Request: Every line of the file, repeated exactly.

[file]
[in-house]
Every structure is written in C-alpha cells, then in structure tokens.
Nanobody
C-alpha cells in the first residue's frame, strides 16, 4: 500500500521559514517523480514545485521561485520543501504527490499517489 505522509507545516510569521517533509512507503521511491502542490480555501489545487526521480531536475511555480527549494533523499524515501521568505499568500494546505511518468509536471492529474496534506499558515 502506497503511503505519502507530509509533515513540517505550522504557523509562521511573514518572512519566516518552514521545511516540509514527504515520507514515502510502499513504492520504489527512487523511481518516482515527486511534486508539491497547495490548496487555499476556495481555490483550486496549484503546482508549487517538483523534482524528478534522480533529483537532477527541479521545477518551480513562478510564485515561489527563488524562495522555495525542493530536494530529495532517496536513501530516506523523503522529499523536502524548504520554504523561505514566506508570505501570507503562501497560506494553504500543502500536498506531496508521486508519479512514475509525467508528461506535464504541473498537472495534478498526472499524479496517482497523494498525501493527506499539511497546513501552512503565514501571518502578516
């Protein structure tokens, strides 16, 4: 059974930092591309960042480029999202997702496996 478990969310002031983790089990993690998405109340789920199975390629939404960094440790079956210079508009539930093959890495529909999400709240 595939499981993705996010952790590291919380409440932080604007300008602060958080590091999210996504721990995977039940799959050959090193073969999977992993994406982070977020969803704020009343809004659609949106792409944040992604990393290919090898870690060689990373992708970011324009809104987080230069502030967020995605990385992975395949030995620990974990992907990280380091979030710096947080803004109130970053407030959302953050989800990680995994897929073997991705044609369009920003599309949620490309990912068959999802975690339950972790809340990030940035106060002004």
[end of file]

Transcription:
[in-house]
Every structure is written in C-alpha cells, then in structure tokens.
Nanobody
C-alpha cells in the first residue's frame, strides 16, 4: 500500500521559514517523480514545485521561485520543501504527490499517489 505522509507545516510569521517533509512507503521511491502542490480555501489545487526521480531536475511555480527549494533523499524515501521568505499568500494546505511518468509536471492529474496534506499558515 502506497503511503505519502507530509509533515513540517505550522504557523509562521511573514518572512519566516518552514521545511516540509514527504515520507514515502510502499513504492520504489527512487523511481518516482515527486511534486508539491497547495490548496487555499476556495481555490483550486496549484503546482508549487517538483523534482524528478534522480533529483537532477527541479521545477518551480513562478510564485515561489527563488524562495522555495525542493530536494530529495532517496536513501530516506523523503522529499523536502524548504520554504523561505514566506508570505501570507503562501497560506494553504500543502500536498506531496508521486508519479512514475509525467508528461506535464504541473498537472495534478498526472499524479496517482497523494498525501493527506499539511497546513501552512503565514501571518502578516
């Protein structure tokens, strides 16, 4: 059974930092591309960042480029999202997702496996 478990969310002031983790089990993690998405109340789920199975390629939404960094440790079956210079508009539930093959890495529909999400709240 595939499981993705996010952790590291919380409440932080604007300008602060958080590091999210996504721990995977039940799959050959090193073969999977992993994406982070977020969803704020009343809004659609949106792409944040992604990393290919090898870690060689990373992708970011324009809104987080230069502030967020995605990385992975395949030995620990974990992907990280380091979030710096947080803004109130970053407030959302953050989800990680995994897929073997991705044609369009920003599309949620490309990912068959999802975690339950972790809340990030940035106060002004």